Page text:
“I have a habit of exploring places through books and bookstores.
Actually, no. This is more severe than a “habit”.
I sleep with a small pile of books in my bed. I never leave the house without one book on my person; when traveling, I will pack 5 books in my suitcase, forgetting underwear for a long weekend away. I have purchased the same book over and over again, not to read myself but to gift to someone - even if I don’t know to whom at the time. I buy books I know that I may not read but I know I will want to have near me. I regularly pick my favorite books off my shelf, just to feel their pages move. I dissect books, slowly - both their content and form - to see what makes them work. To dive deep into their fascinating machinery in hopes that I can learn their secrets.
I’ve been making books with my hands for over a decade. And I have made several major moves in my life. With each new city I have sought out like-minded artists and writers and set up publishing projects. In my mind, and practice, getting to know a space is getting to know a larger creative community is developing a deeper understanding of the book form. Finding new ways to work with people is developing new forms to bind our experiences together is establishing new systems to distribute throughout the environment.
I moved to New York City in January, initially to be an artist-in-residence at Pioneer Works in Red Hook. And to make a new home for myself. And to make books. The residency helped me to do that, allowed me the opportunity to work within a supportive creative environment and also, to teach. While at Pioneer Works I developed and taught a ten-week zine course. We looked at a history of zines and DIY/self-publishing and learned methods of production. Throughout the course I always described zines as a search: the need to find people and develop a community made manifest through ink and staples and folded paper. The class was titled, appropriately enough, Paper Cuts.
Paper Cuts also shares a name with my ongoing reading program on Clocktower Radio. My search and exploration through the New York zine and artist book community is currently being recorded and archived online. Each program features writers, artists, and publishers who share their work in print, on paper, and in small editions. I am learning to become a better (internet) radio host as I listen to the work of my peers and talk shop with people whose ongoing production I love and find endlessly fascinating.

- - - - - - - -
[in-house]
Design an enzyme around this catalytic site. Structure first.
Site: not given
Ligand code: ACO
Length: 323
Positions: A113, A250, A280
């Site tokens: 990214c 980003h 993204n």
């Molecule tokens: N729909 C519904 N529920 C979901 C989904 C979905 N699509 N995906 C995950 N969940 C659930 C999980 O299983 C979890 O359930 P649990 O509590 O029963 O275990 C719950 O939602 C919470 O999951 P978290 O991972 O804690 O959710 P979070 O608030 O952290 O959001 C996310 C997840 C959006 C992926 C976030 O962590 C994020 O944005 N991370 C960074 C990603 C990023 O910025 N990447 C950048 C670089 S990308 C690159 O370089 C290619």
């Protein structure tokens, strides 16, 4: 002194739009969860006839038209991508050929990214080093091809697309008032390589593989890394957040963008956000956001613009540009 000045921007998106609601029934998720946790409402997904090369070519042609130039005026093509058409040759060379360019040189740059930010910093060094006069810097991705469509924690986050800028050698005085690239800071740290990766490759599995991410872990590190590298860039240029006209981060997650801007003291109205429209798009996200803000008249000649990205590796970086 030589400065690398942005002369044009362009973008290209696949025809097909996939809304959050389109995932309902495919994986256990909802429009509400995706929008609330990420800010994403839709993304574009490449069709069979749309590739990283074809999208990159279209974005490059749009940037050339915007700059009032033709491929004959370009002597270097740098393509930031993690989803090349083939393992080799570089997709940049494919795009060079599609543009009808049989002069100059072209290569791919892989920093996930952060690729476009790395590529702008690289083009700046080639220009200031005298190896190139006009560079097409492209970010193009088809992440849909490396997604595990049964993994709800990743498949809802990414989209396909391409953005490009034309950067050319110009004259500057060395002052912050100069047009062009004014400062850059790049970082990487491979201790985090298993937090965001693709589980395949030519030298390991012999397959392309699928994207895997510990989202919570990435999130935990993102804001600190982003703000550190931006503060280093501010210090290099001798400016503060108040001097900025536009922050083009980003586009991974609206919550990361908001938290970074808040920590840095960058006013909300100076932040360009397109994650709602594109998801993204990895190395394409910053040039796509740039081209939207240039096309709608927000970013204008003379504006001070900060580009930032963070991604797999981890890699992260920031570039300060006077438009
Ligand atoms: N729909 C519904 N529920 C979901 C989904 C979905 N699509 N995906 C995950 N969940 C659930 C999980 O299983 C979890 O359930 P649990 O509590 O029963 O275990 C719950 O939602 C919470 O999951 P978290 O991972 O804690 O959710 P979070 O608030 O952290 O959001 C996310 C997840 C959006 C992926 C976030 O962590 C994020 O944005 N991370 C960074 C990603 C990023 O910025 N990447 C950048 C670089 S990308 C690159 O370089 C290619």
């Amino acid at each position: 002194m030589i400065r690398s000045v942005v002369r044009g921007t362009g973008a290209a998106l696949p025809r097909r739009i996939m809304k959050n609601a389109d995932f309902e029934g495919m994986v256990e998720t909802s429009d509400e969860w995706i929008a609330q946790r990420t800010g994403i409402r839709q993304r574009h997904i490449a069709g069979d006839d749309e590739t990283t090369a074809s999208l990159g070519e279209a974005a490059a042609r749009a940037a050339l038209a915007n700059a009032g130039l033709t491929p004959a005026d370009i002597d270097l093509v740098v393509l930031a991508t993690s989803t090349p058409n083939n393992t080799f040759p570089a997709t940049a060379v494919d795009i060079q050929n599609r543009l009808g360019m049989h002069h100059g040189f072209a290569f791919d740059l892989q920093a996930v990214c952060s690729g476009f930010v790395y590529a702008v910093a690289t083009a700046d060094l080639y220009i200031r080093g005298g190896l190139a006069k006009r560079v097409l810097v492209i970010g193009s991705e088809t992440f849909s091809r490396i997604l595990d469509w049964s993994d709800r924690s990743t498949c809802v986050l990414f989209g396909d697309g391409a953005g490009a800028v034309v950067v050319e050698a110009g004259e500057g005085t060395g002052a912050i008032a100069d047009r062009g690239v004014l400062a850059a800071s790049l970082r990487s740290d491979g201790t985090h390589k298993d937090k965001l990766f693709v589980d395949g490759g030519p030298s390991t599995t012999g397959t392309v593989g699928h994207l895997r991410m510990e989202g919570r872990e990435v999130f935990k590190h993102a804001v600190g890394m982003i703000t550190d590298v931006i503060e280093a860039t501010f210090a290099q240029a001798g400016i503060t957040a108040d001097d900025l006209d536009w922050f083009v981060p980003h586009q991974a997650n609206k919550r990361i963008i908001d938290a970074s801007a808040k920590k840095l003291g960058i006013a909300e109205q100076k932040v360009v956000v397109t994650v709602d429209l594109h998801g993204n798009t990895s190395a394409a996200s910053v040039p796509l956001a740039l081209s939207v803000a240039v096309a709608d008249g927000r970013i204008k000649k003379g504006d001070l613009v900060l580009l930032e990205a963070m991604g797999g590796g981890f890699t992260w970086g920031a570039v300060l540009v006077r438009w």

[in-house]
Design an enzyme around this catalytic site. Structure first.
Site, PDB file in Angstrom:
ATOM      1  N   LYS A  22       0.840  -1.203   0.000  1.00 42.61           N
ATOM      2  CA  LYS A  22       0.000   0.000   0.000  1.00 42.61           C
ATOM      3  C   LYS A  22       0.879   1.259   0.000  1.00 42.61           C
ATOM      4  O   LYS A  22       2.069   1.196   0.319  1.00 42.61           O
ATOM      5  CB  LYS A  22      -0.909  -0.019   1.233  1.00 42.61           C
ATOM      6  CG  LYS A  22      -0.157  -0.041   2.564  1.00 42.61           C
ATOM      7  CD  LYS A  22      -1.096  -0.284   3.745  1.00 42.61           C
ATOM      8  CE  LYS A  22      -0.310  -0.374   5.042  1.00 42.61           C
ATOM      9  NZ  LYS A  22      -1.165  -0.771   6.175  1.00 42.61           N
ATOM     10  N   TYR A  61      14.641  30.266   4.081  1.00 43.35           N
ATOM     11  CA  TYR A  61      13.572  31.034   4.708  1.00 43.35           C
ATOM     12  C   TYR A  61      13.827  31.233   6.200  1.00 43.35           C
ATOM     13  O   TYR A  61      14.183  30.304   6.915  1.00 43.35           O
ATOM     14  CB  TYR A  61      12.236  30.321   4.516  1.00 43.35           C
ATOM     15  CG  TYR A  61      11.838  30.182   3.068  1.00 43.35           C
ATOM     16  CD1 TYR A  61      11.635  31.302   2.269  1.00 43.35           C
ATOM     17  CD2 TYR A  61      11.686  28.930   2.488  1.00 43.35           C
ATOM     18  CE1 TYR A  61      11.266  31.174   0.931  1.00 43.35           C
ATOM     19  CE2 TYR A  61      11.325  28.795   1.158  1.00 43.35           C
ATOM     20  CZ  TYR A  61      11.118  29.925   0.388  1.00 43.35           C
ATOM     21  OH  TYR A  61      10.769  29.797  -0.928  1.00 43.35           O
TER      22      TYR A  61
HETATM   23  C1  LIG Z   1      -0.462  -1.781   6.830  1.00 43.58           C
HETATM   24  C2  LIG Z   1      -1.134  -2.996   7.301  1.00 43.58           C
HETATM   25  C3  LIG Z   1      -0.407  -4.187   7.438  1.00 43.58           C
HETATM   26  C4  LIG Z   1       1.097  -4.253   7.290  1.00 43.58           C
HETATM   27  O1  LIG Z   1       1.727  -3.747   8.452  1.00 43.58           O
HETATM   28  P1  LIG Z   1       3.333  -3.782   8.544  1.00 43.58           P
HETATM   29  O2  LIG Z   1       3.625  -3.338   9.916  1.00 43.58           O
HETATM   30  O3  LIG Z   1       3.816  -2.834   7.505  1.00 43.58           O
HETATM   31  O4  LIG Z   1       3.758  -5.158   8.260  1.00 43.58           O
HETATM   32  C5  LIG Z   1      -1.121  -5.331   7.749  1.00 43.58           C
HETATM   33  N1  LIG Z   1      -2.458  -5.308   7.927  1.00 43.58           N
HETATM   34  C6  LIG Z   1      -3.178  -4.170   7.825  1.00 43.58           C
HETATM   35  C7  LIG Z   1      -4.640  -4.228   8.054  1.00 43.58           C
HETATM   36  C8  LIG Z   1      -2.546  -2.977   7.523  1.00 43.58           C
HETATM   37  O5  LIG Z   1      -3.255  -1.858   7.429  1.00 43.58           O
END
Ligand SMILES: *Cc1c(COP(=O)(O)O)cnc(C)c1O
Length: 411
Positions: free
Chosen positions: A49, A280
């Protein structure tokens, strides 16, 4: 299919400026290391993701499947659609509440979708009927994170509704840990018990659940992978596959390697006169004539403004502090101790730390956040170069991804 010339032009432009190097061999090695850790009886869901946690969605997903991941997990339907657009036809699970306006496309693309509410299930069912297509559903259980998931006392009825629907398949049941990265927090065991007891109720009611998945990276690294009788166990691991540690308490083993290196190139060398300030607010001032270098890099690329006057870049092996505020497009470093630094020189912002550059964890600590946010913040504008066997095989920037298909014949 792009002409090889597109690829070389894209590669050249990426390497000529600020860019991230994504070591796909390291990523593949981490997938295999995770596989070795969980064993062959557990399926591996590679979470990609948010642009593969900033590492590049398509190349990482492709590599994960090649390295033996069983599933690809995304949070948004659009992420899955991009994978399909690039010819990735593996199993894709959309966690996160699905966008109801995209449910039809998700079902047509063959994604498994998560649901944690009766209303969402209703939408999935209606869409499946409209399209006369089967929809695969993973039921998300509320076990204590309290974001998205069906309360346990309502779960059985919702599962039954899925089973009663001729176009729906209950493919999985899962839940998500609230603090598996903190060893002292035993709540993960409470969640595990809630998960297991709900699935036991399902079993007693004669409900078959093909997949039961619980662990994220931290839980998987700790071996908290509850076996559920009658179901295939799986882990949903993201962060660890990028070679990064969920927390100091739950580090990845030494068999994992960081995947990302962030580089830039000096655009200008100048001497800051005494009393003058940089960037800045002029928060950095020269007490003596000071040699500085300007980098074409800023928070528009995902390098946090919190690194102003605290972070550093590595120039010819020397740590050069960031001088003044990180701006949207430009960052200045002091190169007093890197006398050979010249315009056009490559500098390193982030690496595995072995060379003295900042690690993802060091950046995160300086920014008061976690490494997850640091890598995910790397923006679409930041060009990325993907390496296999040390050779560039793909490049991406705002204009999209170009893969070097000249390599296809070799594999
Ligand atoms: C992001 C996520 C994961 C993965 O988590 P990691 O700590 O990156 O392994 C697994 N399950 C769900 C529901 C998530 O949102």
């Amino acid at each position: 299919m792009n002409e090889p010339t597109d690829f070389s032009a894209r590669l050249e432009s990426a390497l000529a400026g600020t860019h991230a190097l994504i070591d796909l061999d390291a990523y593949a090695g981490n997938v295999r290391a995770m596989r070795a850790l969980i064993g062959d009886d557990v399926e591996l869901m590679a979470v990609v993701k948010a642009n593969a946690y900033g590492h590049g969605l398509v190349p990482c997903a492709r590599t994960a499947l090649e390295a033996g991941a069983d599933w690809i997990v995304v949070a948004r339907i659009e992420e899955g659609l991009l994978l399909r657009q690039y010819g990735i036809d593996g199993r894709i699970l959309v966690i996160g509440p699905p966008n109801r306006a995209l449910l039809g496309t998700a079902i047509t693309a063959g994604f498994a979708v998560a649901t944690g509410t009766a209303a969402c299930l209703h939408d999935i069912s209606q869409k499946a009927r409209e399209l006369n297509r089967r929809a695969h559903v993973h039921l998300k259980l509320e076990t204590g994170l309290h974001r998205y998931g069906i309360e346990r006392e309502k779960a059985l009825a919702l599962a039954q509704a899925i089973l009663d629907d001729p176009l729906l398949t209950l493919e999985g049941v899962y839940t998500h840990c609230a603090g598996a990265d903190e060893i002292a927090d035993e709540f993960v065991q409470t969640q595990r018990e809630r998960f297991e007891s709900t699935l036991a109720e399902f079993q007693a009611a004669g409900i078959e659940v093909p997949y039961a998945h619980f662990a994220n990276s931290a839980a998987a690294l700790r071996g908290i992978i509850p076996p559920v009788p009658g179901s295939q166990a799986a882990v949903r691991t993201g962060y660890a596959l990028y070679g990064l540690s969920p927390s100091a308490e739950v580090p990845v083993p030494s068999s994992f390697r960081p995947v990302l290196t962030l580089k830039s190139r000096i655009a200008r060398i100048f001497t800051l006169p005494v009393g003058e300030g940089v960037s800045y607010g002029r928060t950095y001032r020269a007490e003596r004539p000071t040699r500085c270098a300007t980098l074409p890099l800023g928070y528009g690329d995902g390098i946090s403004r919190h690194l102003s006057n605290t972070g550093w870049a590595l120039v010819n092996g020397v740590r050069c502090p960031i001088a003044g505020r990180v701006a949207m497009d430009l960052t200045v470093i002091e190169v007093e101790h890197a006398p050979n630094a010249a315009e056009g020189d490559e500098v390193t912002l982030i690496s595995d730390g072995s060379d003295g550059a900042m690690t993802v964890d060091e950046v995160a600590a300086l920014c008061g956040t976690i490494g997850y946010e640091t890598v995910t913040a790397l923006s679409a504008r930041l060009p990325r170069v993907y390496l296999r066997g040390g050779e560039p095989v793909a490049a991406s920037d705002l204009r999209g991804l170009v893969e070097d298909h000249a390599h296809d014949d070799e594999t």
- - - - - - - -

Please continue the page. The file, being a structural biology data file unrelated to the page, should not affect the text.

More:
For the past two years I have been making a new artist book or zine project every month. This continuing body of work allows me to follow my impulses - to pick apart my interests in materials, process, and craft. My slow dissection meets hard (self-imposed) deadlines and forces the wheels within wheels to grind away at concepts and curiosities. This is the Great Work and Daily Ritual that acts as the crucible for my practice. A generative and dynamic space where each month’s book changes dramatically from the 1st to the 30th (31st…28th (29th)); where fluctuating access, budgets, timelines, and facilities yield rich restrictions and opportunities.
I am currently using my monthly book practice and larger print/drawing installations to explore themes of travel, progress, and “home.” My recent body of work, “Dynamics of an Asteroid,” crosses an optimistic and fantastic look at potential end-of-the-world scenarios with recent proposals and milestones of space exploration. NASA and JPL’s proposals to capture and explore asteroids, the recent landing on comet Philae, mysterious lights and the pyramid on Asteroid Ceres, the wonky orbit and big heart of tiny Pluto, are all intertwined with the science-fiction of space exploration and the early fantastic travel stories of Jules Verne. I am assimilating the storytelling and information design of Paul Laffoley, the diagraming of Dispensationalism, the engravings of Alfred Kubin, and the otherworldly and epic sci-fi imagery of Jack Kirby into my established visual language. I want to combine the exploration of space with terrestrial landscapes and the collision of eras. Much of my work presents a narrative of a world unconcerned with linear storytelling - instead building upon a visual and material environment that makes its rules and shifting variables known to the viewer. An archaeology of content and form in which digging deeper also means digging outwards. Lateral and Sidereal simultaneously…
Late last year I curated a traveling artist book exhibition, titled Pulp Atlas, that had a unique set of requirements. Each of the 12 artists participating was to make an edition of 12 books and mail copies to each other. Each artists ends up with a full set of 12 different books and the responsibility of hosting an artist book exhibition in a non-gallery space in their city. Through Pulp Atlas, this collection of work has been seen in bookstores, libraries, airstream trailers, book fairs, and alternative venues across the US, UK and, locally, at the Reanimation Library in Brooklyn in February of 2015.
Forward motion is important. Deadlines are incredibly helpful. Community is revitalizing and nurturing. Coffee is god.
And my cities are made of paper. They expand and unfold, unwieldy. Only visible in small sections, necessitating a close reading, and forever opening up… “
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